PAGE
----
How to Get a Tax ID Number
Applying for an EIN is easy and free; you can do it online via the IRS website. In order to apply for an EIN online, your business must be located in the U.S. or its territories, and the person who applies for the EIN must have controlling interest in the business and have their own valid tax ID number. Whether the tax ID is an EIN, ITIN, or SSN, in order to apply online, the applicant must be an individual person; i.e., not a business or partnership. You can find more answers to EIN application questions here.
How Long Does It Take to Get a Tax ID Number?
If you apply online for an EIN via the IRS website, you will receive your number immediately after submitting your application. As soon as you have it, you can use your tax ID to open bank accounts, apply for a business license, or on a mailed tax return. However, it takes two weeks for the IRS to permanently record your number; until that time, you can’t use your EIN to file an online tax return, make a payment, or pass an IRS Taxpayer Identification Number (TIN) matching program.
You can also apply for an EIN via fax or regular mail. If you apply by fax, the process should take about four days; however, if you apply by mail, it may take four weeks or more to receive your EIN.
Are Tax ID Numbers Free?
Yes, tax ID numbers are free to apply for and obtain—and that applies to every tax ID number, including Social Security numbers. You can pay a service to get your tax ID number, but it’s not necessary and you won’t receive your tax ID number any sooner than if you apply yourself.
If you want to know how to apply for a Social Security number or obtain an Individual Taxpayer Identification Number, visit the IRS and SSA website links below.
- How to apply for a Social Security Number
- How to apply for an Individual Taxpayer Identification Number
How Can I Verify or Look Up a Tax ID?
You can’t look up a personal tax ID number online, or use an individual tax ID number to find out personal information about a taxpayer. However, business tax ID numbers are public record, and if you have information about that business or a tax ID number, there are multiple ways you can use that information to fill in the rest of the information you need, such as the business owner, location, business name, etc.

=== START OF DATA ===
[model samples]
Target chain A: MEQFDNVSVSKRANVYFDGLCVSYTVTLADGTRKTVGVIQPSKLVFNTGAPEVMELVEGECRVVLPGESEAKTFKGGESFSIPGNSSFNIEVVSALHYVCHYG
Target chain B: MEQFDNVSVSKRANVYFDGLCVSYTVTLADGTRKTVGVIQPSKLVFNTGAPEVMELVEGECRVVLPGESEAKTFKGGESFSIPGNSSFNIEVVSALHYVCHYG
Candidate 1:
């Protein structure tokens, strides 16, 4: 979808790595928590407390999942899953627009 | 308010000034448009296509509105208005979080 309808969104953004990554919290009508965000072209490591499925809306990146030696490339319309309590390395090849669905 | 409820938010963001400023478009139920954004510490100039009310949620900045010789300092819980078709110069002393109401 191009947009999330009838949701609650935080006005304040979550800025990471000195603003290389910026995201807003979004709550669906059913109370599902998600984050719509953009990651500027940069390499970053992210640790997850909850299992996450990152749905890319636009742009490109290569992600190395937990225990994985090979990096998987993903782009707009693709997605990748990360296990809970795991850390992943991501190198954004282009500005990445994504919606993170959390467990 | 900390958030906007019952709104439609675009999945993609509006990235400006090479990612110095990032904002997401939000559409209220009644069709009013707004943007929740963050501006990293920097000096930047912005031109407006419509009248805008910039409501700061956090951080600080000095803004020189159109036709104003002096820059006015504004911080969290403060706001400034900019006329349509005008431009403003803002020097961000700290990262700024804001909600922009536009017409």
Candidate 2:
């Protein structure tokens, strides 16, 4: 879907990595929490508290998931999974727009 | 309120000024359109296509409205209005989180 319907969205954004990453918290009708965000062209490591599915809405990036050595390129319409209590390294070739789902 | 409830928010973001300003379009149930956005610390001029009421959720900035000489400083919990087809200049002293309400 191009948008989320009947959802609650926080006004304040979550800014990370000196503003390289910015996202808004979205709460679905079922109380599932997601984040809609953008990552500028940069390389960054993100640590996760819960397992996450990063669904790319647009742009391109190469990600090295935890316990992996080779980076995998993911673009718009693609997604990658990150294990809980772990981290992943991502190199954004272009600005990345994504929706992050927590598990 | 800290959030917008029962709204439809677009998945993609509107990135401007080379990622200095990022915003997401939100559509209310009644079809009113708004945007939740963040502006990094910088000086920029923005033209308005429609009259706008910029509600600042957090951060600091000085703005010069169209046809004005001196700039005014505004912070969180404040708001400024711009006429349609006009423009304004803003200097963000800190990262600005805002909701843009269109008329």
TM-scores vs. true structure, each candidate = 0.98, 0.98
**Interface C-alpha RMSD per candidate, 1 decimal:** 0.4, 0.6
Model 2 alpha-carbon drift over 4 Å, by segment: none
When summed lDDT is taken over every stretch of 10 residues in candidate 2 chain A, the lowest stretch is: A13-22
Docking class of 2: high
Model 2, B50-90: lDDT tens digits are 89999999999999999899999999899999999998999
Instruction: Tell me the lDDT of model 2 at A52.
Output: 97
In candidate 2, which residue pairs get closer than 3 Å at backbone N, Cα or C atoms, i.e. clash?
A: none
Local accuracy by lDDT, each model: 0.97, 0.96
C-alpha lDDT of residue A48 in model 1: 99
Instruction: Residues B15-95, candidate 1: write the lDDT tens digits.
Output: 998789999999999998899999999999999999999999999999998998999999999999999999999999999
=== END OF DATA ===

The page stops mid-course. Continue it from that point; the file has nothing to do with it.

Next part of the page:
If you’re trying to get your employer’s EIN for filing taxes, that’s easy; just ask your HR department for it, or dig up your most recent W-2 or tax return.
If the business is a non-profit or tax-exempt organization, you can use the IRS’s own free search application: IRS Tax-Exempt Organization Search
If the business is public, and not tax-exempt, you can often find tax ID information by researching the business name online and looking for documentation filed with the SEC. However, if the business is private, you may have to search at the state or local level, which may involve a phone call to the business itself or a government office—so be prepared to explain why you need the information you’re looking for.
If you don’t know anything about the business aside from the EIN, you can use an online database like LexisNexis (paid) or FEINSearch (free for five trial searches after signup) along with an EIN to reverse-lookup the business name.
Having a tax ID number is an important part of living and working in the United States. While you need one in order to pay taxes, a tax ID number also makes a lot of other things possible, such as applying for loans, making large purchases, obtaining insurance, and operating a business (assuming you want to do so legally). That’s probably why the IRS and SSA make obtaining a tax ID as easy as possible—and why, if you have more questions about any of this, they’re ready to help. Good luck out there, taxpayer!